“The feedback from growers so far is that they love the more personalized approach because they’re getting information that’s more relevant to their growing conditions and experiences."

White adds that the case studies formed the basis of a four-part article series in Ontario Farmer, a popular agricultural newspaper read by 35,000 people.

Interactive tools help growers understand tile drainage

Most agricultural fields in southern Ontario’s flat landscape employ some type of tile drainage system, but less understood is how water actually moves through soil and into tile drainage, as well as how different soil types influence this movement.

To help give growers a clearer understanding, Dr. Prasad Daggupati, researcher in the U of G School of Engineering, and his team have created a set of four interactive soil drainage models.

Each model is divided into two compartments, each with a different soil type, along with a rainfall simulator. This allows growers to see and compare water movement over time through soil to tiles.

Screen capture from video demonstrating tile flows in loam soil versus clay loam soil

“Of course, there are many factors at play when we get into specific soil types,” says Prasad. “If it’s sandy soil, we can see that water will tend to move faster and not stay on the soil surface. But if we’re on a clay, then water will hold and collect for longer on the soil surface—which can lead to erosion.”

Daggupati says the models are used at in-person extension events run by the Ontario Ministry of Agriculture, Food and Rural Affairs (OMAFRA) throughout the season. He and his team have also filmed their models and created a series of time-lapse videos online.

Decision tool and recipes build cover crop expertise

While the soil health benefits of cover crops are well known, what might be less obvious is which cover crops to use and in what part of the province.

With that in mind, Van Eerd and OMAFRA specialist Anne Verhallen struck an Ontario team to update and expand the online Cover Crop Decision Tool in collaboration with the Midwest Cover Crops Council.

The tool allows growers to pick from a list of more than 30 cover crops that best suit their cropping system, soil and region.

Van Eerd says growers can also narrow down their cover crop selection based on what they’re trying to achieve, say, fighting soil erosion, boosting organic matter content or reducing weeds.

“In updating the decision tool, we worked with growers, agronomic advisers, OMAFRA specialist staff, seed suppliers and conservation authorities to pull in Ontario-specific, validated information on agronomic practices, as well as the potential benefits and drawbacks of each cover crop,” she says.

Van Eerd and Soils at Guelph worked with industry specialists to create a series of downloadable cover crop “recipe cards” hosted on the Midwest Cover Crops Council’s website. The recipes are designed to help growers add cover crops.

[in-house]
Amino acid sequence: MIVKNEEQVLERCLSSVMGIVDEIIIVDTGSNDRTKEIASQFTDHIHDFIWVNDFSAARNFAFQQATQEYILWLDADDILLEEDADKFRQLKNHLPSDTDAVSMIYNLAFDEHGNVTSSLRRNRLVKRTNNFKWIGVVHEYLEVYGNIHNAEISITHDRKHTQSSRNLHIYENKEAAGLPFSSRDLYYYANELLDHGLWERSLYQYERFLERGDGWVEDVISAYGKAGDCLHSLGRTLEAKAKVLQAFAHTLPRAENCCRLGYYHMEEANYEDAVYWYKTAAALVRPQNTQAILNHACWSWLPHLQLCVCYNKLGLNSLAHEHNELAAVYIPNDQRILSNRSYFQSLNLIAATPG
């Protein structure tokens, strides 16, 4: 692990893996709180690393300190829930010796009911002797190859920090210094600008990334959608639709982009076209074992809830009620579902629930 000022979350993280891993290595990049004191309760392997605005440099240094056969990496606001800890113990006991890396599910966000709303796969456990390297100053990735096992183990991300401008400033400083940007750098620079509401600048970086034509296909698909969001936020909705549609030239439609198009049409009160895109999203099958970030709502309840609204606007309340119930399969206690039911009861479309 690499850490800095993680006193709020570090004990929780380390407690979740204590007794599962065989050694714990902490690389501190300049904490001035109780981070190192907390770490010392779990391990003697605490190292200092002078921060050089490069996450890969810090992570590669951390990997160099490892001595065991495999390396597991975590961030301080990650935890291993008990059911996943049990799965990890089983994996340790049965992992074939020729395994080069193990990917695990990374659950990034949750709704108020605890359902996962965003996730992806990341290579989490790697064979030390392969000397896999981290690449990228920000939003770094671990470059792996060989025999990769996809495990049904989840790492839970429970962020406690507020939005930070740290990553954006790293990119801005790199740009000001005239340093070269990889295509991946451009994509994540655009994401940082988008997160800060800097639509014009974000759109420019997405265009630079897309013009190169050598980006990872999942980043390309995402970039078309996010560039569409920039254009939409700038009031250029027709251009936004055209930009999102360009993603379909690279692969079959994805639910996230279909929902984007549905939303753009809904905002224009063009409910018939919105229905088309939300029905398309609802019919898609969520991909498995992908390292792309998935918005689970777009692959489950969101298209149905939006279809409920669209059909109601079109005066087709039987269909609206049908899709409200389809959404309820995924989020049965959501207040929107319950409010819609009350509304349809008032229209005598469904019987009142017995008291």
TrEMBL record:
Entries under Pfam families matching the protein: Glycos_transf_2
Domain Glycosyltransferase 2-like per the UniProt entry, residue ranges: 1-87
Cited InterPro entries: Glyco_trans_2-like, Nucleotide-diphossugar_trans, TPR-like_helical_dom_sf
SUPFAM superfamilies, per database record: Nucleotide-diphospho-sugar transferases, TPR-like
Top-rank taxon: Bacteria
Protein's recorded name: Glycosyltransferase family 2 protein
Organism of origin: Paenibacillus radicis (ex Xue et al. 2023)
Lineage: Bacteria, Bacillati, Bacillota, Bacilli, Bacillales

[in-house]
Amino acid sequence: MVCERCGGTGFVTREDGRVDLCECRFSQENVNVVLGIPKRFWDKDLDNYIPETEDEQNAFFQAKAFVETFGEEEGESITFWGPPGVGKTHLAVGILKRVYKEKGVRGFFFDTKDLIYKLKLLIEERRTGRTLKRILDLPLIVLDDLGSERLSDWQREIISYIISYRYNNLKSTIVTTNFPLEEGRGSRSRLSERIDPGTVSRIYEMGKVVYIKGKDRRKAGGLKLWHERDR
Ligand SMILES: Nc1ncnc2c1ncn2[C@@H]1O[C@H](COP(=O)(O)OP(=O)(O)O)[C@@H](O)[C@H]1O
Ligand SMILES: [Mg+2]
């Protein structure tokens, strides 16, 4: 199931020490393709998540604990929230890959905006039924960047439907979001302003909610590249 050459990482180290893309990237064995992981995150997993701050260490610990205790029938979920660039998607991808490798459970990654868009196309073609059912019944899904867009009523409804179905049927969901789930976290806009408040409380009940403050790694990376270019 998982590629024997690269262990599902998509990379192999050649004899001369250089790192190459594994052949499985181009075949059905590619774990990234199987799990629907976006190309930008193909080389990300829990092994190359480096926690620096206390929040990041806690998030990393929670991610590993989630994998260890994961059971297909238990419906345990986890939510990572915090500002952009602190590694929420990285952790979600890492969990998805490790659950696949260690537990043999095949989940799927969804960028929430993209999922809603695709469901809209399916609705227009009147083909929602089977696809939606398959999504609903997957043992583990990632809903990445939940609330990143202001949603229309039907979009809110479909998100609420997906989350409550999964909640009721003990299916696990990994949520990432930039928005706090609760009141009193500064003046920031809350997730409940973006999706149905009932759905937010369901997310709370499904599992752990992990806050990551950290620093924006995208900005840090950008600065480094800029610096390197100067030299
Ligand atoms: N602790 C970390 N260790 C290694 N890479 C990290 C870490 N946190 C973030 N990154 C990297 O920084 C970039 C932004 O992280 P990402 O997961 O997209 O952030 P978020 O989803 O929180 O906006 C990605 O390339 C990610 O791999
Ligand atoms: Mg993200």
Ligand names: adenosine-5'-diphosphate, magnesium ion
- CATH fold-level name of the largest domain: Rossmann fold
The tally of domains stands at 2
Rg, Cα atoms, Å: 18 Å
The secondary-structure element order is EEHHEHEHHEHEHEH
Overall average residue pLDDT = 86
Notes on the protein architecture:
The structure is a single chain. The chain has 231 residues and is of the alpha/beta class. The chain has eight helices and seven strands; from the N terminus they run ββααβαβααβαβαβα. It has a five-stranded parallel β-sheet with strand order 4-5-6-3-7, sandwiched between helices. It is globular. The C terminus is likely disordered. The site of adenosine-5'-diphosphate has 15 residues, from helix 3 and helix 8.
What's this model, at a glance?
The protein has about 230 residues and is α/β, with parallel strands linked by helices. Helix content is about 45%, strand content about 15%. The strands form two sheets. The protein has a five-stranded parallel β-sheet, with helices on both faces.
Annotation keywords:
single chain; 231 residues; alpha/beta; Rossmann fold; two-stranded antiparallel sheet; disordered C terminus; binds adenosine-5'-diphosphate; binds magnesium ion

“If you’re going from silage corn to soybeans the following season, there is a recipe that will guide you through planting a fall rye cover crop, for example,” says Van Eerd.

The cover crop recipe cards also gained recognition from the American Society of Agronomy, winning its “Outstanding Educational and Outreach Material” award in 2022.

Extending soil health KTT into the future

Besides supporting the team’s outreach and knowledge exchange efforts, Alliance funding has enabled Soils at Guelph to train four highly qualified personnel (HQP).

HQP provide information about the lysimeter facilities and research being conducted at the Ontario Crops Research Station - Elora. This presentation was given for participants of the Commonwealth Study Conference from Pakistan, India, the U.K., South Africa, Australia, Jamaica, New Zealand, Nigeria, Malaysia, Ghana, Uganda and Canada.

“We’re supporting science communications in a very practical hands-on way by providing training that’s focused on writing, content creation and event management,” says White. “Along the way, there have been plenty of opportunities for our HQP to travel, meet stakeholders and experience Ontario’s dynamic soil-scape for themselves.”

White says they are continuing to build inroads with farming communities by acting as both an information hub and a listening ear.

Straathof agrees. “As OSCIA continues to expand our portfolio of research and knowledge transfer opportunities, ongoing and enhanced collaboration with Soils at Guelph would be of great benefit to farmers in search of practical soil health guidance.”

“We’re always focused on what is being asked of us—and how we are responding,” says White. “That’s helping us address their evolving needs and, ultimately, build our credibility. And that’s something we don’t take for granted.”

The Ontario Agri-Food Innovation Alliance is a collaboration between the Government of Ontario and the University of Guelph. The Ontario Crops Research Centre is owned by the Agricultural Research Institute of Ontario and managed by U of G through the Alliance.